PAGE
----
Ramen can be an excellent appetizer for those unfamiliar with Japanese cuisine. (Photo: Katsyua)

History of Japanese cuisine

Japanese cuisine has changed over the years due to inputs and changes. “A lot of regional cuisines have come together to become the most delicious cuisine in Japan,” says Kiyo Ideda, head chef of Umi Sushi and Oyster Bar at Pechanga Resort Casino in Temecula, California.”[Japanese cuisine is made up of] rice, miso, fish, vegetables, noodles and more.”

But in general, Japanese cuisine is all about simplicity. “We like to let the essence of the ingredients do the heavy lifting,” says Ideda. “And we don’t like to add too many other flavors and sauces and things that mask the original flavor.”

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“For a long time in Japan, people were not allowed to eat meat,” he adds. “This goes back more than 1,000 years. But traditions die hard, and we are still a society that does not consume red meat or pork”.

Ideda explains that in the 1850s, when trade routes with the west began to open, the Japanese emperor allowed meat to be eaten. The Japanese became exposed to other countries and their eating habits, adopting some – such as eating beef and more animal products.

“Our cuisine is still mostly Japanese, without much influence,” he says. “You see some French, Chinese and Americans, but not as much as in other countries.”

How to eat at a Japanese restaurant

Are you ready to try Japanese food? Take your time with the menu and know that it’s perfectly acceptable to ask for assistance with the options on offer. “You can let the server know that you’re not that adventurous of an eater, and they’ll pass it on to the chef,” Ideda says. “They can make recommendations about what might be good. You can also order several appetizers to see what you like, or ask if the restaurant serves small plates from their entree options. They want you to come back, so it’s not in their best interest to scare you.”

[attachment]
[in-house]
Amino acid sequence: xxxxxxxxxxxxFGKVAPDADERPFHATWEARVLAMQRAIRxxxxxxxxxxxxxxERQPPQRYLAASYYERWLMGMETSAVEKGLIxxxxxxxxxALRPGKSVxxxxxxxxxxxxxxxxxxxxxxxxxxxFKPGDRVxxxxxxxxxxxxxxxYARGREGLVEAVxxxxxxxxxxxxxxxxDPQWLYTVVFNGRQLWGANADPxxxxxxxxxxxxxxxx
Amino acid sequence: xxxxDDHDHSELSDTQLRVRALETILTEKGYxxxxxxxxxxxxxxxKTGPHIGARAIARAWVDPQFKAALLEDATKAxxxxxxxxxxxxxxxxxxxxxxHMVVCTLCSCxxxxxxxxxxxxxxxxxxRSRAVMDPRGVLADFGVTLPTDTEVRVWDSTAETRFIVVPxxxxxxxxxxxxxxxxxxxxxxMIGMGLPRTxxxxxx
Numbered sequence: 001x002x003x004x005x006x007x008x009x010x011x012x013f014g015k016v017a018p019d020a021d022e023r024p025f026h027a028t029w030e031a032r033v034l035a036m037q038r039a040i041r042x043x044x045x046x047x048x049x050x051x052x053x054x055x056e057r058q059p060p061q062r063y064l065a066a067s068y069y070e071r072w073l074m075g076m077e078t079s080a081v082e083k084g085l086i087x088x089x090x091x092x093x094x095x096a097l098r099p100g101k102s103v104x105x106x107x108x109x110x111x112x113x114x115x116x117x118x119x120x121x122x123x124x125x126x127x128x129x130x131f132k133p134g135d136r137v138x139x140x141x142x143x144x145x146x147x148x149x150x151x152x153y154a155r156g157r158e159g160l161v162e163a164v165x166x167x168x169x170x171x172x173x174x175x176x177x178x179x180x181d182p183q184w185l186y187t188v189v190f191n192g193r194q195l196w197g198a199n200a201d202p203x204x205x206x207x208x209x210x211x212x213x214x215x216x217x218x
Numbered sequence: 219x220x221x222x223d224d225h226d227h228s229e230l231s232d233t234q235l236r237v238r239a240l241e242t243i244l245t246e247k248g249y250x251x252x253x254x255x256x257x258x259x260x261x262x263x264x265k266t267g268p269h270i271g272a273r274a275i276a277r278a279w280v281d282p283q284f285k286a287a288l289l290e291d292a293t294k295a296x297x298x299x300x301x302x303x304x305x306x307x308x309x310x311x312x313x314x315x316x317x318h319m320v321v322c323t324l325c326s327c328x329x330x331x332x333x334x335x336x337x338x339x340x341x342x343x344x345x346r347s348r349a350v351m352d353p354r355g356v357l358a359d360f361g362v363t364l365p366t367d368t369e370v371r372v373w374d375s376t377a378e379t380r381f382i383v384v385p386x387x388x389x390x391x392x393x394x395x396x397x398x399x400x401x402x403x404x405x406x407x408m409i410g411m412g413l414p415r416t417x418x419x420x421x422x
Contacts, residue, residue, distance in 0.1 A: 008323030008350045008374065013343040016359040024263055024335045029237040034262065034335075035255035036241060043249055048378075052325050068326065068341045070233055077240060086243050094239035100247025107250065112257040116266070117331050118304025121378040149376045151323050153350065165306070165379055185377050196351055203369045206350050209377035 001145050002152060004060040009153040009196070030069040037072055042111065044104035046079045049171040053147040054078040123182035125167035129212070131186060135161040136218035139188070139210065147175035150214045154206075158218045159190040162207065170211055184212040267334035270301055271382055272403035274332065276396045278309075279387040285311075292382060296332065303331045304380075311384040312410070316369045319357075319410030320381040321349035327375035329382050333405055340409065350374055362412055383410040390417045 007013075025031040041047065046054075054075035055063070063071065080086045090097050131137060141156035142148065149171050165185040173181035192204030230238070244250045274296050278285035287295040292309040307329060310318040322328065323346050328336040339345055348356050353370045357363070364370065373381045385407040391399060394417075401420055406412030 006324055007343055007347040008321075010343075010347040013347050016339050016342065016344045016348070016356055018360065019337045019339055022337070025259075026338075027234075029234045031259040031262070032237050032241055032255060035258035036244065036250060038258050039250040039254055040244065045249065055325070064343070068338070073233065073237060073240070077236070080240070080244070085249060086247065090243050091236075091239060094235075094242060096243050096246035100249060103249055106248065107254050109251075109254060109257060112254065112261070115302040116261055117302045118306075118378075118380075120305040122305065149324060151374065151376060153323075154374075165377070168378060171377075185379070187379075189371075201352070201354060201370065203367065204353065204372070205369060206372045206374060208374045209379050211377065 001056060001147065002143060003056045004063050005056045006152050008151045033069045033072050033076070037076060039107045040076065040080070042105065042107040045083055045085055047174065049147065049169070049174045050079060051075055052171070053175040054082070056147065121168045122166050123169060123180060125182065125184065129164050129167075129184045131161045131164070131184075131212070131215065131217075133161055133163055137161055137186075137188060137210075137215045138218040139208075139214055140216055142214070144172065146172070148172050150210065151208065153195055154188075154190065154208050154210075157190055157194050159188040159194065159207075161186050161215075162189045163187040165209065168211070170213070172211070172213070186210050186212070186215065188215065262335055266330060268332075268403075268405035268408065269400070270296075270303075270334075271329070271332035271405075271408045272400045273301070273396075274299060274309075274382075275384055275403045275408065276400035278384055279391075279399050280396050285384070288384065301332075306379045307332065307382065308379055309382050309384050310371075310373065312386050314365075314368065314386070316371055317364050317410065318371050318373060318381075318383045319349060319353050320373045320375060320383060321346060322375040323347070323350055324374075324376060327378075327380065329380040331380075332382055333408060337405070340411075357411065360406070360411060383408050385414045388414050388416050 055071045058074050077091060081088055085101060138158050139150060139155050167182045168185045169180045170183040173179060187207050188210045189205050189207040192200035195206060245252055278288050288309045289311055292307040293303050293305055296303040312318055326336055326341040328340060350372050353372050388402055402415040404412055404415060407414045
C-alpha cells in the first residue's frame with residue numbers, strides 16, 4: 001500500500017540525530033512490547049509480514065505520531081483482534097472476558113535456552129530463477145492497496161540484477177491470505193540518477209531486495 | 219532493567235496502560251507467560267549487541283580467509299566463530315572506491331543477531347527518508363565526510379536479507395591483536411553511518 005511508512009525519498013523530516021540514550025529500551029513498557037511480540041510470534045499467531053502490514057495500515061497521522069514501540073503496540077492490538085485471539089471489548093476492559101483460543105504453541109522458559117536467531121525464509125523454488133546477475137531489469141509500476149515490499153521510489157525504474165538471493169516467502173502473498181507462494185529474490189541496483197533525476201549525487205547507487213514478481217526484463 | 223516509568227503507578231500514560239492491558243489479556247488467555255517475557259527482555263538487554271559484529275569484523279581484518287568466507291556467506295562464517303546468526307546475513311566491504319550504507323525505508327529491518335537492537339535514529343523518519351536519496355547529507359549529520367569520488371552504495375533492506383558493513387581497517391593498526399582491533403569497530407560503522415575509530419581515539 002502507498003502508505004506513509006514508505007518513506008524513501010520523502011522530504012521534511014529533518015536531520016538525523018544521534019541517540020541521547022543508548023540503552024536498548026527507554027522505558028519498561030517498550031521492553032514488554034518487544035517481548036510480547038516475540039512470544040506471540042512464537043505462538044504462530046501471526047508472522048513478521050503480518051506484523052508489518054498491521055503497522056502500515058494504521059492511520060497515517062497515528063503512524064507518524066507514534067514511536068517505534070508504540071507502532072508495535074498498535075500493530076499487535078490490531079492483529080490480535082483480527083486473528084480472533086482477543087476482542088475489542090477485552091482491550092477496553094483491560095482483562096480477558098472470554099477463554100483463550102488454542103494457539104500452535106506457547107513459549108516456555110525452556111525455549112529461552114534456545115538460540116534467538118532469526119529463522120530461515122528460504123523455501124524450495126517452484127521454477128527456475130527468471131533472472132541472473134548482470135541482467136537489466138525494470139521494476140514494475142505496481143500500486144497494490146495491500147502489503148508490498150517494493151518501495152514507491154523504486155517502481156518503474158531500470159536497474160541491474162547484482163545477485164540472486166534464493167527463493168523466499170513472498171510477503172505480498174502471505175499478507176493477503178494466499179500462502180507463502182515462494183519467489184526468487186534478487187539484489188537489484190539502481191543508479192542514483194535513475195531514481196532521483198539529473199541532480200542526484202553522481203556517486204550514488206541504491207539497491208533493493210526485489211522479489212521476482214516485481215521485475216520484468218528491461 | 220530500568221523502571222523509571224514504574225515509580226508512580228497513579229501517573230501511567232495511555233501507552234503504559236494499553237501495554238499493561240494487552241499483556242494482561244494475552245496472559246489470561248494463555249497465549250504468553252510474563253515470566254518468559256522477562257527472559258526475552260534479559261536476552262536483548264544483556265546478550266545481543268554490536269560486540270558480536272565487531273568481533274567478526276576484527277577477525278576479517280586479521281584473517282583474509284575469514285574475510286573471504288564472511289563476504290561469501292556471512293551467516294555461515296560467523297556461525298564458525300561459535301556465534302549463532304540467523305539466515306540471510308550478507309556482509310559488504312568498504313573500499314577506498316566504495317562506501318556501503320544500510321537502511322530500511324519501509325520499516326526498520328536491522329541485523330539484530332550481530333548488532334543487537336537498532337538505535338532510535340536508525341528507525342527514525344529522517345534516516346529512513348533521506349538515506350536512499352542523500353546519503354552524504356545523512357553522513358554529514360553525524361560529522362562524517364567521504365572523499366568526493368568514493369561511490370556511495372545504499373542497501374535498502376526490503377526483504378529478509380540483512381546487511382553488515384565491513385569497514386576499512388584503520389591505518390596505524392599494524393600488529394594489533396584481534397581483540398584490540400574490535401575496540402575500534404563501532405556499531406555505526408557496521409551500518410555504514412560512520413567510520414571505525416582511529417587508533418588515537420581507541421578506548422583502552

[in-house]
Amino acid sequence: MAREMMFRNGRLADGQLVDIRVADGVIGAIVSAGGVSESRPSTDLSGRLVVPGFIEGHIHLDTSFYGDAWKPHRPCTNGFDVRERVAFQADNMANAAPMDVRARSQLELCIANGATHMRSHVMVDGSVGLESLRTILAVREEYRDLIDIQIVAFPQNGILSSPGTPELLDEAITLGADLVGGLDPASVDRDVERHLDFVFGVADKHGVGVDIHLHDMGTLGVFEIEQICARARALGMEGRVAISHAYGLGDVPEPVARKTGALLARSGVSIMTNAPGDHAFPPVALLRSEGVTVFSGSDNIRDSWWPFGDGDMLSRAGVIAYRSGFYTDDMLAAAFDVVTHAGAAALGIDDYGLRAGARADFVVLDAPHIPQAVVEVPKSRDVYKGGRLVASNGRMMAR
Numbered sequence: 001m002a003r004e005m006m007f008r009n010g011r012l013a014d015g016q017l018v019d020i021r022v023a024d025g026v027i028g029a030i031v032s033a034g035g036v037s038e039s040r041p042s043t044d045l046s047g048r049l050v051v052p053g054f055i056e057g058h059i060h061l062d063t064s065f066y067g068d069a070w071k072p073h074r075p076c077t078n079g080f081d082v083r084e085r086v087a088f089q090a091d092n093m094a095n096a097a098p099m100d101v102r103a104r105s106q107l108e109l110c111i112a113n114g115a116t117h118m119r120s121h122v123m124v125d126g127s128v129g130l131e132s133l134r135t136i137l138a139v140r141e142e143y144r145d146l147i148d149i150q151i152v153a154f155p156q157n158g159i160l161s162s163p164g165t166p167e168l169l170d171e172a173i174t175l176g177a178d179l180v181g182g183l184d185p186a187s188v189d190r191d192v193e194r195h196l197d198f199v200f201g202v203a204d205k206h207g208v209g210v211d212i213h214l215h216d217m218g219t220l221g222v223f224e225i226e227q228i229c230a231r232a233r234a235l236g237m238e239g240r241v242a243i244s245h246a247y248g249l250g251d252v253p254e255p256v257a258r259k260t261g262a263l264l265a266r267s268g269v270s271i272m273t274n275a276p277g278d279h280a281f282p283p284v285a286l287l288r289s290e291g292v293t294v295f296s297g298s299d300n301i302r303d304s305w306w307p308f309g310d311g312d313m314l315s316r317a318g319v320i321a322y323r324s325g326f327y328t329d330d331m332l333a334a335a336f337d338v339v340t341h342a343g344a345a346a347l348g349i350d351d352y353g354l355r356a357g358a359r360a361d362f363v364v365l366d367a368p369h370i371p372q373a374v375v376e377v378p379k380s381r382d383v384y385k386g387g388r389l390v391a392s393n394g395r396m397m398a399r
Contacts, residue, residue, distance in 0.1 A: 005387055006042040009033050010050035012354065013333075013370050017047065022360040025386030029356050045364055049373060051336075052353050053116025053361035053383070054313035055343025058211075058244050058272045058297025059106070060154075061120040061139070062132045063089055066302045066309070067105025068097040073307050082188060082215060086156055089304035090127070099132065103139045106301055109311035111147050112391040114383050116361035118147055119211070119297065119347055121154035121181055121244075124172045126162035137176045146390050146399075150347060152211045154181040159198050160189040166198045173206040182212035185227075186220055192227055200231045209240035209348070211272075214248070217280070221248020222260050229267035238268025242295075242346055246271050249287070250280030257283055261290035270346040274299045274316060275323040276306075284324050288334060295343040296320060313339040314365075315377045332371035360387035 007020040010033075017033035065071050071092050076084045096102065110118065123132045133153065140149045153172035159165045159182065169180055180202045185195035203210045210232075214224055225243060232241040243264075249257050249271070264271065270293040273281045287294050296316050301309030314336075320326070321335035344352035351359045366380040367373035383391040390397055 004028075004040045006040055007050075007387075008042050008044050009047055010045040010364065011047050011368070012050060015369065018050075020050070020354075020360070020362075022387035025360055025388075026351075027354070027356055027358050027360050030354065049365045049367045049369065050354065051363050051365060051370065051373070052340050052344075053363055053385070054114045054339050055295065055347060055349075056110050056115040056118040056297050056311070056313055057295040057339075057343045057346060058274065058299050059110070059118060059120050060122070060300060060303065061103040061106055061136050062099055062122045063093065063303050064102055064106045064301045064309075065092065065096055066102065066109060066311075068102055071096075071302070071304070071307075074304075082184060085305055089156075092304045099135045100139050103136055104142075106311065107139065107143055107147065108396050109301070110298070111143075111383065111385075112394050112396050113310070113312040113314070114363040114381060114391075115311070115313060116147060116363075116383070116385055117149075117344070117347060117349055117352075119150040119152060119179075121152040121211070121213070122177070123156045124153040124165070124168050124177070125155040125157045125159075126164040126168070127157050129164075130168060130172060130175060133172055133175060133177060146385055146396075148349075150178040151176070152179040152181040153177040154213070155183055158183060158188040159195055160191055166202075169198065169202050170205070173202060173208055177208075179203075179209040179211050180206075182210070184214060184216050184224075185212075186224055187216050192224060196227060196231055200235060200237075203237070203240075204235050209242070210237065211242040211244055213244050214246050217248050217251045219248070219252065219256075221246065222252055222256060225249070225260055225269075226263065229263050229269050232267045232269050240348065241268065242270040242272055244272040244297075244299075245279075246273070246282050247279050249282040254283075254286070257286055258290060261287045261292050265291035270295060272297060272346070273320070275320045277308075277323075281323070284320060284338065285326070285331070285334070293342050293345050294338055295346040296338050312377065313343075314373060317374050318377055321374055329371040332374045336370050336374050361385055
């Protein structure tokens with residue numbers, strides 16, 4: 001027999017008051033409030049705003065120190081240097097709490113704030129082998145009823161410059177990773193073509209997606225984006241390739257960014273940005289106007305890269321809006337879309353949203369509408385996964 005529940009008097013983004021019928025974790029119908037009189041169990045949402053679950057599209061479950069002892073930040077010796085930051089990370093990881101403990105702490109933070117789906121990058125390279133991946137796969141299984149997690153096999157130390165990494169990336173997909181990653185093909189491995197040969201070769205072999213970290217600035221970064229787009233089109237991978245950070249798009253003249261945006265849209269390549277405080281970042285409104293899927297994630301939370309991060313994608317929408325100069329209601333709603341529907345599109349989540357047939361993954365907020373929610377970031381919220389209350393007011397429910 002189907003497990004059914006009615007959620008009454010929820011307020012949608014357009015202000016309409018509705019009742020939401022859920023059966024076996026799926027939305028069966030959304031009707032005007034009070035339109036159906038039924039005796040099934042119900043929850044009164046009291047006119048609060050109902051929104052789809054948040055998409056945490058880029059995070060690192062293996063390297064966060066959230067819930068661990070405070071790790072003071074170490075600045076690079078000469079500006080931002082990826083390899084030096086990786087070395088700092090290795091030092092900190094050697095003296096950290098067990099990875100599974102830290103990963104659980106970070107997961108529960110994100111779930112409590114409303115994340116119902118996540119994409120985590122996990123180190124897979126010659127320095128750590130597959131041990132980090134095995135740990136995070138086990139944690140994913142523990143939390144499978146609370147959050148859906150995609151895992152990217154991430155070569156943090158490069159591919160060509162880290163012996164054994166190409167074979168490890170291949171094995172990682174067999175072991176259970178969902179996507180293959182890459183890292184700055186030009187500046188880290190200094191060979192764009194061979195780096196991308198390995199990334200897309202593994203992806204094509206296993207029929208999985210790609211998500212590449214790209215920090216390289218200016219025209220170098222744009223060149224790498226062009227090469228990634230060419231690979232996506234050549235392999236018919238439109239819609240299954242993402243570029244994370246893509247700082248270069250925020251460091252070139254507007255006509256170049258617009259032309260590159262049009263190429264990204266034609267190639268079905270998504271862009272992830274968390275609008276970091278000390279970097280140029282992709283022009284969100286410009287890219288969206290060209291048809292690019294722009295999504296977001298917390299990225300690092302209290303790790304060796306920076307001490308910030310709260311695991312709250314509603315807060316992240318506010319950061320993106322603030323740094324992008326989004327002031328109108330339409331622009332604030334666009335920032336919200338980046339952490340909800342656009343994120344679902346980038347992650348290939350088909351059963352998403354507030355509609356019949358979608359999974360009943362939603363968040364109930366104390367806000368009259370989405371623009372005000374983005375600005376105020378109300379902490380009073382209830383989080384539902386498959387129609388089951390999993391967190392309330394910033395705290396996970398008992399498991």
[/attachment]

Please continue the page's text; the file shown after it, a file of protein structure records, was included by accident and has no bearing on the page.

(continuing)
Crispy whole fish served at Umi Sushi and Oyster Bar.  (Photo: Umi Sushi and Oyster Bar)

Crispy whole fish served at Umi Sushi and Oyster Bar. (Photo: Umi Sushi and Oyster Bar)

It can be easy to get intimidated, something that goes for any new experience, no matter how long you’ve spent dining out. “I have has been intimidated by large wine lists and menus featuring food from other cultures,” says Ideda. “We have to take it one step at a time.”

Try something, then branch out and try something else you might like. You might discover a new favorite food.

Top 5 items to order as a beginner:

Still not sure what to order from the menu? Chef Yamaguchi recommends going with the following items, which should be found on any menu, for the best first-time experience.

Seasonal dishes: For amazing flavors, order any dish the restaurant offers as a seasonal dish, such as bamboo or fiddle ferns in the spring, mountain vegetables in the fall, and monkfish liver in the winter.

Miso soup: Yamaguchi says you can learn a lot about a restaurant by trying their miso soup. For example, you can taste the flavor of dashi (soup stock) and the quality of miso (fermented soy seasoning). If the restaurant has confidence in their dashi, they will often offer a special miso soup, such as fish head miso, fish collar miso, or blue crab miso.

Tamago (egg omelet): In Japan, Yamaguchi says, it’s customary to try a sushi restaurant’s tamago (omelette) first, because tamago has dashi, soy and sugar and is a very technical dish to prepare. By tasting the tamago, you can get an idea of ​​how much sugar the chef likes to use in his dishes, as well as the quality of the dashi, eggs and other ingredients used at the restaurant.

Tempura: Yamaguchi recommends tempura (battered and fried meat, vegetables or seafood) because there are a million ways to prepare the dish. It’s a good way to see if the restaurant uses seasonal ingredients, as tempura is one of the best ways to use them. It’s also a good way to gauge the cook’s technique by looking at the thickness of the coating – traditional tempura coating should be very light on the batter.

Wagyu: Definitely try wagyu (Japanese beef) if the restaurant has it on the menu, Yamaguchi says, because it’s top-notch beef. There are many different types of wagyu – almost every prefecture in Japan has its own version, and Australia has their own variety as well.